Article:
02 Pollock (2000)
Ed Harris and Marcia Gay Harden both wowed in Harris' sturdy biopic. It holds a special place in my Oscar-obsessed heart because it was my first major claim to fame as a pundit: I predicted both of their nominations, which was --I know it's hard to believe now -- not the thing to do at the time: precursors had ignored them. Though Pollock is entirely too conventional to be a great film it's still a solid directorial debut from the great actor and one wonders why Harris hasn't followed it up. The aha! moment of Jackson's splatter painting technique is annoying and historically questionable but there's abundant pleasure in the performances: Harris didn't win the Oscar but his grunting masculinity is, for this moviegoer, far more potent than that of his conqueror (Russell Crowe in Gladiator). Marcia Gay Harden furiously chews scenery as his neglected wife and fellow artist, Lee Krasner. Best of all for art world aficionados Amy Madigan (Harris' real life unneglected wife) is a complete scream as the inimitable Peggy Guggenheim.

01 6 Degrees of Separation (1993)
In this transfer of the hit play Stockard Channing gives a revelatory Oscar nominated performance as "Ouisa" and Donald Sutherland lends her able if eventually incompatible marital support. It's hard to pick a favorite moment in this film about art dealers and a young man (Will Smith) who disrupts their carefully controlled if precarious existence. But two moments that are on loop in my head and have been since 1993 ... spinning the Kandinsky "chaos. control. chaos. control. you like? you like?" and Ouisa's self-startled joy slapping the ceiling of the Sistine Chapel. See this movie! you'll like. you'll like.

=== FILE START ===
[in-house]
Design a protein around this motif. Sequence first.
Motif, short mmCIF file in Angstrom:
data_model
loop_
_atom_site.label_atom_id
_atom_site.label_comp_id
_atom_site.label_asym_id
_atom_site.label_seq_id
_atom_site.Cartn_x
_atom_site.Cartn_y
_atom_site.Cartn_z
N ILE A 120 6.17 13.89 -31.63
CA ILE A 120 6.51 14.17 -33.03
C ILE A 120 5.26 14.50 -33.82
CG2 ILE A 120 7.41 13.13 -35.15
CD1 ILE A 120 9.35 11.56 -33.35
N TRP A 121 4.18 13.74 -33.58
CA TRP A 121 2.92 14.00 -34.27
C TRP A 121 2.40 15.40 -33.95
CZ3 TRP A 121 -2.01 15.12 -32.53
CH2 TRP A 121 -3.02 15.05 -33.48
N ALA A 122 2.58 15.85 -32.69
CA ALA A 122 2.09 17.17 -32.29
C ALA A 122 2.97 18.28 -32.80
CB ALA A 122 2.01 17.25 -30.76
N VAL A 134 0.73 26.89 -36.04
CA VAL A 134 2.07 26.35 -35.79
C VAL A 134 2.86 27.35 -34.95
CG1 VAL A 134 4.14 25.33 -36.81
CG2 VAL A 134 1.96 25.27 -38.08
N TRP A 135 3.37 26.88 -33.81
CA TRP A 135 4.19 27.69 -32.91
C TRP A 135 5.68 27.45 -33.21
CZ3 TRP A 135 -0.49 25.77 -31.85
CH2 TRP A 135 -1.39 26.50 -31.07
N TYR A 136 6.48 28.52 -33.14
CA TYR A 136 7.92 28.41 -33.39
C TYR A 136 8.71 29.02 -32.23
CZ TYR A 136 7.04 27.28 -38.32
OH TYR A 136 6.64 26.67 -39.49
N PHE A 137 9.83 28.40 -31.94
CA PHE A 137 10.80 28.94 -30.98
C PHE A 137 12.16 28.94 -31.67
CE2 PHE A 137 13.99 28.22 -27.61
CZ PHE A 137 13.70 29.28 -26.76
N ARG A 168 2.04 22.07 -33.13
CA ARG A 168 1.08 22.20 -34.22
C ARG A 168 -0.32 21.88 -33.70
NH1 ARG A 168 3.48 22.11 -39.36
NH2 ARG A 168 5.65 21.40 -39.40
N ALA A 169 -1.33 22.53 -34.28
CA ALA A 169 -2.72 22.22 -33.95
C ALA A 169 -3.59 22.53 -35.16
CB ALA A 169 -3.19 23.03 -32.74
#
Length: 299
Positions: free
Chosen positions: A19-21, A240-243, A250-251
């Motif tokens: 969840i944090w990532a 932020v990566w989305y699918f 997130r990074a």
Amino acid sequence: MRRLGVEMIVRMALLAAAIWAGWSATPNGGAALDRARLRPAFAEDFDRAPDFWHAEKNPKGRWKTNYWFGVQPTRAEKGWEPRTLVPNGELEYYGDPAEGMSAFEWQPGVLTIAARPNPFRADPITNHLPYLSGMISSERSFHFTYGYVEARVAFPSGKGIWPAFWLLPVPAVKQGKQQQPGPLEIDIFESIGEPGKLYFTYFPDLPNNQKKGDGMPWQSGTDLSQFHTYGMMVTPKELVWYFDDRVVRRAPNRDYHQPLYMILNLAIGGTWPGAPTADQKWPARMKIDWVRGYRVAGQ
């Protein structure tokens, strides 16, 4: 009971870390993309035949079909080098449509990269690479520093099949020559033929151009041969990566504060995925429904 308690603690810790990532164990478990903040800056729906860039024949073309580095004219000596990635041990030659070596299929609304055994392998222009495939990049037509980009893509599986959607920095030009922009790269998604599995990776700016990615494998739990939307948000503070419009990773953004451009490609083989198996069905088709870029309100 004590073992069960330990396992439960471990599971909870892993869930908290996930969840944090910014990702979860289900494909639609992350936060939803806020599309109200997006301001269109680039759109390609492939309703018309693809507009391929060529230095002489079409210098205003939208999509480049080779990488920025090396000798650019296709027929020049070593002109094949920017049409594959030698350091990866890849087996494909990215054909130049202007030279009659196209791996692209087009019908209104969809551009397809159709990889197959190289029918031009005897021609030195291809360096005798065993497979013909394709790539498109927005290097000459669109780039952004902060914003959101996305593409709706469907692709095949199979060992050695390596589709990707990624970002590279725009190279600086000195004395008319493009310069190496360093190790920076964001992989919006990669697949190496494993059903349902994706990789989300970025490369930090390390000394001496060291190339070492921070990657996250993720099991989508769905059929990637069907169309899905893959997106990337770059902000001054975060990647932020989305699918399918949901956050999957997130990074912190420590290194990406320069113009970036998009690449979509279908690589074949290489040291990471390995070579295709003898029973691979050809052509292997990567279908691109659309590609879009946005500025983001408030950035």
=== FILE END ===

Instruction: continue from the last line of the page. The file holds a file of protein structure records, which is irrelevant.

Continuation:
WickedScorp said...
This comment has been removed by a blog administrator.
Anonymous said...

Per the photo, can't decide who would be the best "David" - Ewan McGregor or James McAvoy....? Possibly others?

WickedScorp said...

Do you think I want to die like this?

The model of the town in Beetlejuice was also quite a work of art.

Jason Adams said...

I could quote 6 Degrees... for days... I love that movie so very much, and Stockard's performance as Oiusa is AMAZING.

And I was obsessed with Delia Deetz when I was a kid. Those tendrils of glued on hair, the single leather black glove that went all the way up her arm...

Beau said...

It really was ScarJo's best performance. :) Glad you thought so too.

and YAY for Von Sydow in "Hannah and her Sisters". I'm not the biggest fan of the film itself, (better than most, but not in the realm of his Annie Hall's and Match Point's) but I loved Hershey's, Weist's and especially his work in the film.

RC said...

surprised nothing from frida made the list.

and of course the visual spectacular of robin williams jumping through a field of paint with his dogs is a great art scene.

good list.

--RC of strangeculture.blogspot.com

J.J. said...

"If you don't let me gut out this house, and make it my own, I will go insane and I will take you with me."

Agustin said...

What about Nick Nolte in Scorsese's section of New York Stories?


Agustin... the weird thing about New York Stories is that I know I saw it but whenever I try to remember it I come up blank. Except the Woody Allen one joke segment (because it's a good joke)

Anonymous said...

Call me old-fashioned, but I always liked Kirk Douglas as Van Gogh in Minnelli's Lust for Life.

I share your ScarJo love.


C. Jerry --i still haven't seen that. eep. and I enjoy Minelli movies.

Anonymous said...

yeah, Julianne is great in "Big Lebowski", but its not her only great comedic work. She was also really really funny (as a silly girl) in Robert Altman's great ensemble piece "Cookie's Fortune".